Kevin McDevitt: Hi, I'm Kevin McDevitt from Morningstar. We're here at the Morningstar Investment Conference. I'm joined by Amit Wadhwaney from Moerus Capital.
Amit, thanks so much for being here.
Amit Wadhwaney: Thank you very much. Good morning.
McDevitt: So you have a very unique process and approach to investing, and one of the things that's most striking is that you focus first on balance sheet strength rather than on forecasting earnings as so many managers do. Why do you take that approach?
Wadhwaney: Well, the idea is actually very simple. It's also I think a reflection of our humility in that we don't believe anybody can forecast economic variables, macroeconomic variables, with regularity correctly again and again and again. So if you're going to do that as a part of your process, you run the risk of risking your partners' and your fellow investors' capital.
What we thought about was, why do we not use the fewest assumptions possible, especially about the future and use that as an integral part of building our understanding of our business, value in the business, and thinking about whether one should invest in the business or not. This in turn, of course, leads you to the next thing. What do you use as the peg on which to hang your coat on?
Most importantly the one thing you do know about the company is facts about it in the here and now. Thinks like the balance sheet, the state of the world in which it operates, the business it does, how it's doing, the current state of the economy in the world at large. We use that as a basis for understanding the business, valuing the business, assessing the risks, and so forth.
McDevitt: OK, so if you're talking about valuing a business, but you're not looking at forward cash flows or forward earnings, how are you valuing the business using a balance sheet?
Wadhwaney: Well, the easiest way to, if I can describe it in the simplest terms, you parse the balance sheet. On the left hand side of the balance sheet is to desegregate all of the assets that you can separate, valuing each of those individual assets as conservatively as possible, again using the fewest assumptions.
When I say conservative, conservatism really stems from two things: the assumptions we use and the methodology we use. Our methodology typically tends to veer toward liquidation valuation in that you think, What will I get if I was to sell these assets today? What would the cash proceeds be here and now?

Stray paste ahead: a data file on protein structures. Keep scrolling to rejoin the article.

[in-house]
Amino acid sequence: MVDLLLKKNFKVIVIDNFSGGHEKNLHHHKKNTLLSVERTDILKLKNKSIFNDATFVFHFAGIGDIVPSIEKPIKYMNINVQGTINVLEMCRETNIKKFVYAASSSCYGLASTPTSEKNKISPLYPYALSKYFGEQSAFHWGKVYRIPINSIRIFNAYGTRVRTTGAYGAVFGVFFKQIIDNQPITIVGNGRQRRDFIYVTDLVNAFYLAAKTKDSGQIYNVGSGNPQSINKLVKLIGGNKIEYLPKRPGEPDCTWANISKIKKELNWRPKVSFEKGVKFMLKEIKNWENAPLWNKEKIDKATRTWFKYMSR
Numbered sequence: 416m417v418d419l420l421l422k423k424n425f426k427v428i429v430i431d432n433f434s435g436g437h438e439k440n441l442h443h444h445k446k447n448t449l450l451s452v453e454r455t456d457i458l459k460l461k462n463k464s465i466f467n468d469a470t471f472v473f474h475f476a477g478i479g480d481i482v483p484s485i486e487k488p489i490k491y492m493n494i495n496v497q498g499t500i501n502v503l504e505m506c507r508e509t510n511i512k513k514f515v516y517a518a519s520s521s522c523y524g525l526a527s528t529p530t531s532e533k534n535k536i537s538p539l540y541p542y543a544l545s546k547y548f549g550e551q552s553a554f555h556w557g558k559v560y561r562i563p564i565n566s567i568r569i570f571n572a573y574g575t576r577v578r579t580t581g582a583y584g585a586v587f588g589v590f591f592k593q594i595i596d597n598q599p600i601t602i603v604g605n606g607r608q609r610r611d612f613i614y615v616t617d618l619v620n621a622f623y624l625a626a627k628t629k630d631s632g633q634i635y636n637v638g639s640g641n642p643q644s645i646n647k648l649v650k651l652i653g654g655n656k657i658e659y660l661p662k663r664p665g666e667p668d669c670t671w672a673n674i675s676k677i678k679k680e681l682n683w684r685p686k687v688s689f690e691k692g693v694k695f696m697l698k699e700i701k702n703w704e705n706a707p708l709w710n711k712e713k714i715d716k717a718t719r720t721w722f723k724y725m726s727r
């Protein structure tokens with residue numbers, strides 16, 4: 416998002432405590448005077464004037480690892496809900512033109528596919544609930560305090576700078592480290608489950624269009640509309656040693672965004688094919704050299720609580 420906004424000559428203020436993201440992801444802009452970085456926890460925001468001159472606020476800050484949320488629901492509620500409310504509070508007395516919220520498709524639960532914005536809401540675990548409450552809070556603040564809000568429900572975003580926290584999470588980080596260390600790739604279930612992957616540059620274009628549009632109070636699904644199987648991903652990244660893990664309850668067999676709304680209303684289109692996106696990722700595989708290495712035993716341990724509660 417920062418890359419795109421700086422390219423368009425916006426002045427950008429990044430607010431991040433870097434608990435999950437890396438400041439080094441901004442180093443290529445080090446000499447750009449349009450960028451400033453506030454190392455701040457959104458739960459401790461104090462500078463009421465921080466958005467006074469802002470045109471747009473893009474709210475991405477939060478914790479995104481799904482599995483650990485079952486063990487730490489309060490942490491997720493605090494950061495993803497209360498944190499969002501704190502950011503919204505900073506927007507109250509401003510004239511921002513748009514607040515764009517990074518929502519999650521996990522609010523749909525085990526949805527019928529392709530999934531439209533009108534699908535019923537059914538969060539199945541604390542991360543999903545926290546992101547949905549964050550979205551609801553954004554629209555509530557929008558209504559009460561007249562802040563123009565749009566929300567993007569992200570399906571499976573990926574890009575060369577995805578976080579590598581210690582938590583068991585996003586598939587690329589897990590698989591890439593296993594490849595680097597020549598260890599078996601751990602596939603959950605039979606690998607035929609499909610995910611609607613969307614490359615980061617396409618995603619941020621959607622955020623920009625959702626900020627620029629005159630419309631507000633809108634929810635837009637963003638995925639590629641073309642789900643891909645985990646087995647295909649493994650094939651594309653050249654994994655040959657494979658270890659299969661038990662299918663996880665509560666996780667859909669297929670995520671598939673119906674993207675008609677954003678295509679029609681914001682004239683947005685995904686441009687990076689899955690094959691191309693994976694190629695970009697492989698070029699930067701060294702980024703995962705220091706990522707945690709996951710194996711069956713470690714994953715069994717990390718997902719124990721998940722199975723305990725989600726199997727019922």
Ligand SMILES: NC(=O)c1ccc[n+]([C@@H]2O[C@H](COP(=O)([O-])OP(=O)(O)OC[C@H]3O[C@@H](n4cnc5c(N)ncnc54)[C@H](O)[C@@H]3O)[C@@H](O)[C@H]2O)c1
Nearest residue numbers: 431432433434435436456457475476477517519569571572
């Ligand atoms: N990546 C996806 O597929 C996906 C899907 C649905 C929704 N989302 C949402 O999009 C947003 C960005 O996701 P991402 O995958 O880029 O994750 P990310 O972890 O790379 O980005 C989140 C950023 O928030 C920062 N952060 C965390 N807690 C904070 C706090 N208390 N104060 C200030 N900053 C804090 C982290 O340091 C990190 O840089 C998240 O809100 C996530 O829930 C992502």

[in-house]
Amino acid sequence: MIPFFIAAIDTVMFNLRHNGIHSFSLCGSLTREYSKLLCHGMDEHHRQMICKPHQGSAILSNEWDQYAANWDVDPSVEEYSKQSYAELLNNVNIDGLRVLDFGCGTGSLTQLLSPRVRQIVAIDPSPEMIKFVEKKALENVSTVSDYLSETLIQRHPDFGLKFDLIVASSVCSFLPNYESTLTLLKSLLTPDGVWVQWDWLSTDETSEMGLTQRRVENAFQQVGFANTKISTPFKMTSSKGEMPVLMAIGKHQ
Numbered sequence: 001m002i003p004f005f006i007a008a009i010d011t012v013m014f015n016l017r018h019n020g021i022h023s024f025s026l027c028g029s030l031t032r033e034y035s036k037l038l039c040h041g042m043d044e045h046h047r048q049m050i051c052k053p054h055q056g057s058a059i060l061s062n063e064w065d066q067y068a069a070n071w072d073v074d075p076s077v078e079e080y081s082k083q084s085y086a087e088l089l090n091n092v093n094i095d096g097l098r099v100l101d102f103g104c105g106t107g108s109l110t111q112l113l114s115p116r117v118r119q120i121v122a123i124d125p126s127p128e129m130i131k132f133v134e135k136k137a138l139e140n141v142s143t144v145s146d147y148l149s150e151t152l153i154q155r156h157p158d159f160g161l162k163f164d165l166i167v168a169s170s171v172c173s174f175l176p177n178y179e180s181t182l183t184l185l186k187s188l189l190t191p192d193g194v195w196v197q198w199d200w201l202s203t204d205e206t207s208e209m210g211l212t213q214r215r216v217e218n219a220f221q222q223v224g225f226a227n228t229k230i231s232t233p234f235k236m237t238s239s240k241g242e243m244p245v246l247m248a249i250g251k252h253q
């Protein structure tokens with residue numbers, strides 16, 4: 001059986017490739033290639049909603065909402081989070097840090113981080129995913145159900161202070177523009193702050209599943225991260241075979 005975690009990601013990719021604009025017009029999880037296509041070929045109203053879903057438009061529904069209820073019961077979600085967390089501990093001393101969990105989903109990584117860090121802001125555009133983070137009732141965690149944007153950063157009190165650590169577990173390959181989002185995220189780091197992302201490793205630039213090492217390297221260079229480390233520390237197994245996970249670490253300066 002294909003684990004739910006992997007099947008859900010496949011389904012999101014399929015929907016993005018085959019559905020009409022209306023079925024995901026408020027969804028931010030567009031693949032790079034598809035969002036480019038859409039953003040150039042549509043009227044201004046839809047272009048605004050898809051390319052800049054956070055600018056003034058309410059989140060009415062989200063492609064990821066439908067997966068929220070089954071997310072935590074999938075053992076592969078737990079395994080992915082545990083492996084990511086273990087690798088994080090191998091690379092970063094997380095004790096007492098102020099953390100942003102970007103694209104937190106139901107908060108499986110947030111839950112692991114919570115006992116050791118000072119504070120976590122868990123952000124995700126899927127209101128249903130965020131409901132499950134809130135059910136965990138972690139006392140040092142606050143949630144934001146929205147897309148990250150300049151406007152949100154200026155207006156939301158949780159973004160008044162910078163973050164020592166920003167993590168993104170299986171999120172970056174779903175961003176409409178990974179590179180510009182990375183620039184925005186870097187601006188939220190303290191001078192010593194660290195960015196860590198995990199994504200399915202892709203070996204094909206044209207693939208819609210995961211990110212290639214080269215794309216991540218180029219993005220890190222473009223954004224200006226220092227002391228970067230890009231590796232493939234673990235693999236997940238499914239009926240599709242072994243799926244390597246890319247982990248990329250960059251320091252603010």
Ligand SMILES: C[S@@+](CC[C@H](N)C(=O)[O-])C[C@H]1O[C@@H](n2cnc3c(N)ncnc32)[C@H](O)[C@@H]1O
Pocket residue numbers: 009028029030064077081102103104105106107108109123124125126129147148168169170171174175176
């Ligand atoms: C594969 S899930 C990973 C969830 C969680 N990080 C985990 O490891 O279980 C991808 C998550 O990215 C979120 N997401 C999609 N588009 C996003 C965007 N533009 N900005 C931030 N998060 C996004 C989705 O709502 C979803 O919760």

Typically that tends to not pay much of a premium for the future and your future expectations. As a result of that, you tend to want to put very, very conservative, I could argue bedrock, valuations for a business.
McDevitt: Do you think that if you're using that kind of an approach, if you're focusing on liquidation value, do you feel like that kind of biases you or perhaps points you more toward companies that have more tangible hard assets than perhaps either their balance sheet has less in the way of goodwill or maybe more intangible assets like brand value? Are you more focused on those hard asset companies?
Wadhwaney: Oh, absolutely. There is no question. There is a tilt in that direction. This is not to say that it's not just purely bricks and mortar that we talk about. We also work with financial assets. Bond portfolios, equity portfolios, holdings in other companies could be a part of our valuation.
There's no question there's a tilt toward companies that do have physical assets or financial assets, but also companies that have contractually guaranteed streams of cash flow because if you have those, it may not be reflected in the balance sheet as such, but it is nonetheless an asset and should be a part of the valuation that you have. There is clearly a tilt. Goodwill is not something we tend to pay up for. It's just not what we do.
McDevitt: Can you give me an example of one of those companies that perhaps has that income stream coming in, but again, it's showing up on the balance sheet as something you could value?
Wadhwaney: Currently we don't have many of those companies. The recent company we actually do own which has something like that, it's actually the financial services industry. It's an investment manager. It's one which may or may not be exhibiting here today. It's Franklin Resources for example.